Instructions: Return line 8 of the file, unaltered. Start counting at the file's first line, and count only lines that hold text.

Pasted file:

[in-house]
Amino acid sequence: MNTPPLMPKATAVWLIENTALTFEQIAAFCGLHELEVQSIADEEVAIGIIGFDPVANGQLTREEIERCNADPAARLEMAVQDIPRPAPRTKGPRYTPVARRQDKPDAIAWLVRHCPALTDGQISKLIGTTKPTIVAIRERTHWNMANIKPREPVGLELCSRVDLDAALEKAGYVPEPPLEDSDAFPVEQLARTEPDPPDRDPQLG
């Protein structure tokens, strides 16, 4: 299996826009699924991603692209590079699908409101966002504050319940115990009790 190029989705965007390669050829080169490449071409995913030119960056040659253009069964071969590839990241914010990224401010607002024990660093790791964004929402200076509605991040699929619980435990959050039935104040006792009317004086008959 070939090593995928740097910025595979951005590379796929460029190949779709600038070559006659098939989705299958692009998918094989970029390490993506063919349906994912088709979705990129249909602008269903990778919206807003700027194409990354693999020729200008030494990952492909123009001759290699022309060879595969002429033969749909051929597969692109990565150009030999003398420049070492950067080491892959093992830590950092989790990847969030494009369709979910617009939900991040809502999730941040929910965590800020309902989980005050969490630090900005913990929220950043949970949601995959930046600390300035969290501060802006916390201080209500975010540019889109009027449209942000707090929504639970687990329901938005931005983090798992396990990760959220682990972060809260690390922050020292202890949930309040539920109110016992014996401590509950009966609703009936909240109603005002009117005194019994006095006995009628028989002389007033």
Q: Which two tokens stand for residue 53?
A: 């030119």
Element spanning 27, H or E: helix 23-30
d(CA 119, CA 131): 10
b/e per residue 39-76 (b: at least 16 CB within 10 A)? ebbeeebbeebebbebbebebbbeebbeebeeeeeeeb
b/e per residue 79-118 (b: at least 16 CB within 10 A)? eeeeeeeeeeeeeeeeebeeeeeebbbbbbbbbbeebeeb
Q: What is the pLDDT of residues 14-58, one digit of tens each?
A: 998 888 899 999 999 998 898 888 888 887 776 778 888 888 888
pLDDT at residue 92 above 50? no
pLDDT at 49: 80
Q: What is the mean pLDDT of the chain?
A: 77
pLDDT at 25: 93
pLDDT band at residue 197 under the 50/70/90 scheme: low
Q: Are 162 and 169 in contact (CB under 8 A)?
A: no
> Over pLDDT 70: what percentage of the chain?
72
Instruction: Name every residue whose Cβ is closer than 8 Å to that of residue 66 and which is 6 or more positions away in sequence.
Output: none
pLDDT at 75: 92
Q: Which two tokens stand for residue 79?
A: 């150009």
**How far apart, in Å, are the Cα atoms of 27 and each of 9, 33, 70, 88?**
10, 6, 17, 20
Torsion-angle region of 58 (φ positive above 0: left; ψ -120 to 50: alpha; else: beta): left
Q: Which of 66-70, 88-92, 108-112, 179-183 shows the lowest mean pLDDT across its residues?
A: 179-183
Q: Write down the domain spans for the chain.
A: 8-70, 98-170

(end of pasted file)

b/e per residue 39-76 (b: at least 16 CB within 10 A)? ebbeeebbeebebbebbebebbbeebbeebeeeeeeeb